Everywhere you turn, you are bound to see a career expert writing about the need to incorporate social media into your job search. Why? Social media has become the forerunner to job boards much the same way as job boards became the forerunner to classified ads in the late 1990s. You still see classified ads, even today. Job Boards didn’t replace classified ads, but became more of a go-to resource to find jobs. Now, we see the shift towards social media. Let’s look at the Top 5 ways to incorporate social media into your job search:
1) Make sure your profiles are searchable: LinkedIn has 3 main places (headline, summary, and skills/expertise) on your profile page where you can add keywords that are industry-specific. Twitter gives you a 160-character space for your Twitter Bio. Think about what type of keywords an employer or recruiter will use to find someone with your skills and expertise. Stumped? Print several job postings for which you are interested in applying and highlight the nouns and noun phrases. Find common themes and if they apply to your background and expertise, sprinkle these words into your profiles. Make sure it’s reader friendly!
2) Locate companies on social media and follow them: I give my clients an assignment when they begin working with me. Go to Zoominfo.com and select the ‘Company’ tab. Type in your Industry and where you want to work (state, city, or even narrow it to a zip code). When I did this with an engineering student, we returned 644 results in Alabama. He then made a list of his Top 10 companies where he wanted to work and we placed that in his Tier A list; the next Top 10 went into his Tier B list; and then the remainder went into in Tier C list. We then used a Twitter yellow pages directory called Twellow (www.twellow.com) to locate companies on his Tier A and B list and then went to LinkedIn to search these companies to ‘follow’ them on social media. He paid particular attention to announcements – product launches, press releases, etc. and would share this information to his followers/connections. He made thoughtful comments about what he read and asked good questions to these companies. He started building his relationships with these employers/companies before he graduated from college!
3) Network, Network, Network: Networking is VITAL in your job search. In fact, research states that anywhere between 50-80% of all jobs landed are achieved through a networking contact. Sadly, many people spend their time applying for job after job WITHOUT leveraging their networking contacts. Social media has actually made this easier for you. For example, LinkedIn’s job board gives you insider information about who posted the job and who in your network knows the job poster. Amazing information – most job boards do not offer this type of information.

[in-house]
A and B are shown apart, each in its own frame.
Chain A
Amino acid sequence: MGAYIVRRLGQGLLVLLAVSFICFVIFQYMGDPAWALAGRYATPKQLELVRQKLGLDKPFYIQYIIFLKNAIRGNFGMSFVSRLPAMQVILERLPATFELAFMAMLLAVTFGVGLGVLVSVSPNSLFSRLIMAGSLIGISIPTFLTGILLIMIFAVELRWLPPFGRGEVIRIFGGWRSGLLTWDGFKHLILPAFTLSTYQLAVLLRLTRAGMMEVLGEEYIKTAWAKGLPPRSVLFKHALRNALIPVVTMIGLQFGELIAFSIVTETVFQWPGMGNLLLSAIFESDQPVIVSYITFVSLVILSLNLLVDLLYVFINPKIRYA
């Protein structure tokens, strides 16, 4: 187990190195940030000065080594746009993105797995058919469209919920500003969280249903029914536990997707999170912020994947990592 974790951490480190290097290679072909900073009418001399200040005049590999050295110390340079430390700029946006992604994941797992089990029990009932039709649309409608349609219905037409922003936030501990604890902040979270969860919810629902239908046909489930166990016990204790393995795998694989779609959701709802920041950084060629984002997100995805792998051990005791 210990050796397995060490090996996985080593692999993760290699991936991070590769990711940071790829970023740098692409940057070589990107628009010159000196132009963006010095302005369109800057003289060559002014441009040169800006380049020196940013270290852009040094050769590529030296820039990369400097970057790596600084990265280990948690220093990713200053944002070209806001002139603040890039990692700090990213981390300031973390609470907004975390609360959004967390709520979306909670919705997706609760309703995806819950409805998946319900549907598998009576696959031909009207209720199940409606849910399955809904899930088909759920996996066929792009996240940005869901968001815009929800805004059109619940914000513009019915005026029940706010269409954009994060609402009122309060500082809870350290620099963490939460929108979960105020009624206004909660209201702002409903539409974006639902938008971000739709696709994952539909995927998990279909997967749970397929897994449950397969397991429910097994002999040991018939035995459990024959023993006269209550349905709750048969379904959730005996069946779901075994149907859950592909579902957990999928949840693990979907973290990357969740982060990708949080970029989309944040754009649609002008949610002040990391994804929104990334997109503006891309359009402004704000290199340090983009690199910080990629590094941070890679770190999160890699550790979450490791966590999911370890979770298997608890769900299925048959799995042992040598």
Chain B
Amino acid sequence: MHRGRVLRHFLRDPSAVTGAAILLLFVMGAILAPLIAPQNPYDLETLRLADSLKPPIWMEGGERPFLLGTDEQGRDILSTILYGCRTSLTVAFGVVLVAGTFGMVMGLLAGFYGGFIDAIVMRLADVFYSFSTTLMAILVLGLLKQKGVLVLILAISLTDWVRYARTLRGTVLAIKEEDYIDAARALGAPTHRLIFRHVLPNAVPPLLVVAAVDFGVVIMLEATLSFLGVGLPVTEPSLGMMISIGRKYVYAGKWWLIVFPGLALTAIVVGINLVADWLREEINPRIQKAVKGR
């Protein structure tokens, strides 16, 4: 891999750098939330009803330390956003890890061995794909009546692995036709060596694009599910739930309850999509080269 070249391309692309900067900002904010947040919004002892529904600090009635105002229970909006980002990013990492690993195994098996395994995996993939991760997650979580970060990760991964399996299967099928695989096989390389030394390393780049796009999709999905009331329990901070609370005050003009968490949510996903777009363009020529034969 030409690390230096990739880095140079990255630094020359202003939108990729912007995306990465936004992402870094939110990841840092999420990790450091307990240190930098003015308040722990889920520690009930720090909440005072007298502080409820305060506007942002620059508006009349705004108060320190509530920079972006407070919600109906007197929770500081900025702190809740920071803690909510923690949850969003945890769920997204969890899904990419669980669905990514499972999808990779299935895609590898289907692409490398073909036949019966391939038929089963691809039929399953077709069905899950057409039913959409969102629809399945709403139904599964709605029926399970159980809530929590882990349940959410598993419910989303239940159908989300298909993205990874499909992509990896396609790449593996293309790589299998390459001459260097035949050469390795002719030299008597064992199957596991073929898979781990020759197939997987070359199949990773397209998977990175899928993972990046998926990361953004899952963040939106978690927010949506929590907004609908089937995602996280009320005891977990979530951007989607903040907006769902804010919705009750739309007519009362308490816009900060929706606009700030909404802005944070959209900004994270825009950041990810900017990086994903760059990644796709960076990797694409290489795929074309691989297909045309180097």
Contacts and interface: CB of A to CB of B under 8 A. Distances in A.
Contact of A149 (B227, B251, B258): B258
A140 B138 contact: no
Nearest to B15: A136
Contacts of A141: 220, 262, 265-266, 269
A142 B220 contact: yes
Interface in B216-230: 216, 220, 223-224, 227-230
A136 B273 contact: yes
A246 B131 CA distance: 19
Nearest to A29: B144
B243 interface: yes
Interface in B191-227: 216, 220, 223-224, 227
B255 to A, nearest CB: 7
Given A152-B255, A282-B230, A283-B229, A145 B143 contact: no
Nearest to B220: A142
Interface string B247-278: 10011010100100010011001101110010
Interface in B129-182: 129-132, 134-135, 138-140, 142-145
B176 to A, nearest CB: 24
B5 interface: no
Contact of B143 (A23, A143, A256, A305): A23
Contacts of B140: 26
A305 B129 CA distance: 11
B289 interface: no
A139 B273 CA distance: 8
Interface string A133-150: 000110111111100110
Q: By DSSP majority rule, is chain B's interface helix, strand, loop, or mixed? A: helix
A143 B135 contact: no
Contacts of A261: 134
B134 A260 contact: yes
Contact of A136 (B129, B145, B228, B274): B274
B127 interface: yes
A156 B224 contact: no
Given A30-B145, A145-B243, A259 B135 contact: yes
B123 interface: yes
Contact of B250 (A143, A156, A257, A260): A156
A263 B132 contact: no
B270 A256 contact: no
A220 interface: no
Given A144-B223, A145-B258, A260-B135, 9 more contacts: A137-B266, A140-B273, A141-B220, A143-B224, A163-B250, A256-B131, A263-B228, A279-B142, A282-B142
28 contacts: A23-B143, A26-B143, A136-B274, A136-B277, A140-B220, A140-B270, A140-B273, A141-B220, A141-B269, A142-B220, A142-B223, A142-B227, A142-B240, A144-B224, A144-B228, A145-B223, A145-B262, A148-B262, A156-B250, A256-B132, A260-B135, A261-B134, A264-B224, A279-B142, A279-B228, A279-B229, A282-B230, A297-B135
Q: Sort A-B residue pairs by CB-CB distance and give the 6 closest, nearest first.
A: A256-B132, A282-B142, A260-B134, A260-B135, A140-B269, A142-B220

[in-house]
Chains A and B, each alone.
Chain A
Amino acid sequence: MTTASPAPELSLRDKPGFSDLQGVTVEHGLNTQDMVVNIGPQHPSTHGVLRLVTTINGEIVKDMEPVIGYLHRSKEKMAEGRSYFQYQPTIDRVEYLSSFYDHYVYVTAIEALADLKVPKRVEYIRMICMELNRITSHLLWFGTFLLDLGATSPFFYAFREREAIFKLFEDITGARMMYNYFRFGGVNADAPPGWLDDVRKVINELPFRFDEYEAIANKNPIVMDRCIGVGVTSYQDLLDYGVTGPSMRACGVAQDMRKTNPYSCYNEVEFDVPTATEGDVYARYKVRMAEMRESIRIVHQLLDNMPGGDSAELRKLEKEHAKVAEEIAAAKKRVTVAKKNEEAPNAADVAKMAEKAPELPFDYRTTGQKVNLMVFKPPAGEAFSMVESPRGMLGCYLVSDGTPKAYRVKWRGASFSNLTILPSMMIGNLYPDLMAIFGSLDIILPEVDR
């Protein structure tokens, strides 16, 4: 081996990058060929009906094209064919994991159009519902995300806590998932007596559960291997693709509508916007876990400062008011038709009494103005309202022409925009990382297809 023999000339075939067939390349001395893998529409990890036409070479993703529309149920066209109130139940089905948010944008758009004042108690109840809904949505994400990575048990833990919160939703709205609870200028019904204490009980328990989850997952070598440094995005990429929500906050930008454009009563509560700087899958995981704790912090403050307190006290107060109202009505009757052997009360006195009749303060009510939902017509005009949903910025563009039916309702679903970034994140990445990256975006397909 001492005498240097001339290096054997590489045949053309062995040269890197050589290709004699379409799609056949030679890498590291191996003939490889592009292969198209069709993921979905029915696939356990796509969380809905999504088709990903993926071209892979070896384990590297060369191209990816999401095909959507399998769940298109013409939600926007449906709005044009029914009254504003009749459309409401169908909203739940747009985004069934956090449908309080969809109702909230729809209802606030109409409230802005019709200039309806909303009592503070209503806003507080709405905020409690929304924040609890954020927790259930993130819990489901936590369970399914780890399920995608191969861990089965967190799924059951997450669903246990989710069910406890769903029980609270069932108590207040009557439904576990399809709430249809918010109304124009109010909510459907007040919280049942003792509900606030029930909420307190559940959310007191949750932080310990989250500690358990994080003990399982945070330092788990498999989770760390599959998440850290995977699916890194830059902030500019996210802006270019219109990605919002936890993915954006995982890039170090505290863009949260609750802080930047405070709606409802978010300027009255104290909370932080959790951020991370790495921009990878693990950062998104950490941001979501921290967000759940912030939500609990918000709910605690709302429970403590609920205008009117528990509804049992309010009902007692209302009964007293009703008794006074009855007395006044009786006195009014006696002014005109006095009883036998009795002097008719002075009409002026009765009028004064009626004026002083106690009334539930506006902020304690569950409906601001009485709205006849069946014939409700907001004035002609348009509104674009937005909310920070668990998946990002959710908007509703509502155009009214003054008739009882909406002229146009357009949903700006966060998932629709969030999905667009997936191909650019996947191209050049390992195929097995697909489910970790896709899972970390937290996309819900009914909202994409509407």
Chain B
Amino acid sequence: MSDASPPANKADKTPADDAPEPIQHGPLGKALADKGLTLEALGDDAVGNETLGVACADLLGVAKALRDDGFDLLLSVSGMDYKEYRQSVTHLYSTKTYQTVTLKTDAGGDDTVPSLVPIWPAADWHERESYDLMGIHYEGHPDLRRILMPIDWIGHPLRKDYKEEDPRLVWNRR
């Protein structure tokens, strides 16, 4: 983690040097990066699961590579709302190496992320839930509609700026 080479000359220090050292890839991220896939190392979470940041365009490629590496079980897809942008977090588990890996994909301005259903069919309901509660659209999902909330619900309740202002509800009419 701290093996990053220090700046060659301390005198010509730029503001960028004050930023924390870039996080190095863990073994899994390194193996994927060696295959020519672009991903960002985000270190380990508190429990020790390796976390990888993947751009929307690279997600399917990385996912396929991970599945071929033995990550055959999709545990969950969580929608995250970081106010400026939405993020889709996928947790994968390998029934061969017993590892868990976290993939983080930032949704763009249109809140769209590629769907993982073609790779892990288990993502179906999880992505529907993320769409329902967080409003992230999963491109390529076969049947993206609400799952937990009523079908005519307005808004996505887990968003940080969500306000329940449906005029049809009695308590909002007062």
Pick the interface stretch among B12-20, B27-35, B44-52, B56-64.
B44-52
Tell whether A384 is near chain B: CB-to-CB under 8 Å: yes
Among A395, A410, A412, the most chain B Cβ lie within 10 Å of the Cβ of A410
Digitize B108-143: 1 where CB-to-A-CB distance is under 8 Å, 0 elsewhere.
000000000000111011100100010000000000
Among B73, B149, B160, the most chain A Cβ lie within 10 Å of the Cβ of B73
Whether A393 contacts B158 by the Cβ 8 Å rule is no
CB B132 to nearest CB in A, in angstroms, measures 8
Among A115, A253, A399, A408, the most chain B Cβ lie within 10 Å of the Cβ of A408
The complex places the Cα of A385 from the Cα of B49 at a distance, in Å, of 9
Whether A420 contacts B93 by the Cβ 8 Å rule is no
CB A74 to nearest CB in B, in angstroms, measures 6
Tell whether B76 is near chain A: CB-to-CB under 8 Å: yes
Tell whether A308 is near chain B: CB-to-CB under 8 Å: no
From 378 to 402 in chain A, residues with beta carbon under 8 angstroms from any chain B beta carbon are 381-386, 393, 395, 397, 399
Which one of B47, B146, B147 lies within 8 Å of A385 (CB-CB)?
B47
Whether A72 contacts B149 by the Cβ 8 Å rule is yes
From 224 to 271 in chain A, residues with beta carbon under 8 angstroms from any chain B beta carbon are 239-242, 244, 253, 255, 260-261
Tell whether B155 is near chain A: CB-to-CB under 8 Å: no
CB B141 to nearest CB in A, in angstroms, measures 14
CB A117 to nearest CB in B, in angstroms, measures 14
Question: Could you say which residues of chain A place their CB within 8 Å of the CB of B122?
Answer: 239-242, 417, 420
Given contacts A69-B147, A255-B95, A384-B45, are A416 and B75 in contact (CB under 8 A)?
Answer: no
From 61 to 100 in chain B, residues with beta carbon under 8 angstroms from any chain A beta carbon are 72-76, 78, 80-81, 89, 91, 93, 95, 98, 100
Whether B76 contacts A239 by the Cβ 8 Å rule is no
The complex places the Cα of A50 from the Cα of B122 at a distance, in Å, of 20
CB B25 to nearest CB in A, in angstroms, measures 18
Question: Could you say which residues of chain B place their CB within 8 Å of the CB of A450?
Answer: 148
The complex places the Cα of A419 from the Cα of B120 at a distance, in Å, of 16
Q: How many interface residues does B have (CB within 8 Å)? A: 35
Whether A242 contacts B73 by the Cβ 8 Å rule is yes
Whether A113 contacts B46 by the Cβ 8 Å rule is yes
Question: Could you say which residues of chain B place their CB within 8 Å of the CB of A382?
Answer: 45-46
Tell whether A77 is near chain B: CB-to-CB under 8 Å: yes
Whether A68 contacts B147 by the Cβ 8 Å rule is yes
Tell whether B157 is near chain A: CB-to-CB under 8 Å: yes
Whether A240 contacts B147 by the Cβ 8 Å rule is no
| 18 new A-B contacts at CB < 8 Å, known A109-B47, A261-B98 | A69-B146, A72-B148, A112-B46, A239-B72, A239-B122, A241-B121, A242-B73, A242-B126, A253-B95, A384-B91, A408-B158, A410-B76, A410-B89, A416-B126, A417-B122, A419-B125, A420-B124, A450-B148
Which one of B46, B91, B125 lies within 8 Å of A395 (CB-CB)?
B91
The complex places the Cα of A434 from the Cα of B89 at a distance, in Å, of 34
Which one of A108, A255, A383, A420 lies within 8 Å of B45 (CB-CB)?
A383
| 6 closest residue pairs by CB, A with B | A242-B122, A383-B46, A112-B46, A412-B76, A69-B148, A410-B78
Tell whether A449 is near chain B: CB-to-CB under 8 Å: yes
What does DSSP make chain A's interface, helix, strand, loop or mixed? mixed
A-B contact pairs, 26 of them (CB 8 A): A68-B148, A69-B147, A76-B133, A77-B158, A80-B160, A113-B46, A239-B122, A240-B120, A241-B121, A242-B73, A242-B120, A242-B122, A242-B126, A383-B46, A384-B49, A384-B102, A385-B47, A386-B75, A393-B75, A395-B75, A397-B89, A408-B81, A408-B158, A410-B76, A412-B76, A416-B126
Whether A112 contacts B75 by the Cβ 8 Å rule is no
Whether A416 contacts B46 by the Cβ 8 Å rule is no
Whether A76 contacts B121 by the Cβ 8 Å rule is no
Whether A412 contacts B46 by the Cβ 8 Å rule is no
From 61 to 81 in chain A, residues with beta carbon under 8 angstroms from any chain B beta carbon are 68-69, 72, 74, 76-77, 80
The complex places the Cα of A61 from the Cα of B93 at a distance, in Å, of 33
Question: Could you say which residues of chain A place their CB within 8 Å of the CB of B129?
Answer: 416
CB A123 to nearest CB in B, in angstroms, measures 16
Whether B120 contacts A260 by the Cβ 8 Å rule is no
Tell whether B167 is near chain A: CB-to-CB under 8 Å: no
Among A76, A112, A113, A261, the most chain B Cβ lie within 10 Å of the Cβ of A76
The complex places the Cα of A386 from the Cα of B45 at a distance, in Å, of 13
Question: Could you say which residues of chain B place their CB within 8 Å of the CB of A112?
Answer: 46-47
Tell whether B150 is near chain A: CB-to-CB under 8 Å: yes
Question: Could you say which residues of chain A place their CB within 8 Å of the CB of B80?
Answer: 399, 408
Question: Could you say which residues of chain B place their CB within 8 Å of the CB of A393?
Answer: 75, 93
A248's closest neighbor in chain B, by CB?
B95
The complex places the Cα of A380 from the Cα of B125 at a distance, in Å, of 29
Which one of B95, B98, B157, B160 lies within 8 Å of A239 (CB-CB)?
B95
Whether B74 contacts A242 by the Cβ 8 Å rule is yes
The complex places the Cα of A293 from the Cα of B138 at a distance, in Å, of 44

4) Join industry-specific groups and chats: Again, networking is pivotal in a job search. LinkedIn has an entire groups directory that you can search to find industry specific groups. In fact, you can find groups located in your geographic region (search ‘sales and Alabama’ as an example). Join Twitter chats in your industry. At this writing, there are more than 740 Twitter Chat Groups (for a complete list including meeting days/times, visit http://bit.ly/oA4cTZ). Build networking contacts, online and offline. Many opportunities have come my way as a result of people I’ve never met in person – I met and engaged with them on social media. Give back to your networking contacts – if you see a need that could be filled by someone in your network, refer that need to that person.
5) Hyperlink your resume: You have a plethora of websites that offer online resume services, such as DoYouBuzz.com, so that you can showcase your resume online. These services will provide you a unique URL to direct an employer or recruiter to your online resume. LinkedIn gives you the opportunity to list 3 websites – use one of these to provide a link to your online resume. Likewise, Twitter gives you the same ability to provide one website link, so this is a perfect opportunity to share this information with prospective employers and recruiters. The bonus? By doing this, you are showing some social media/technical savvy skills and that is a plus in today’s job market.
Article first appeared in the Atlantic City Weekly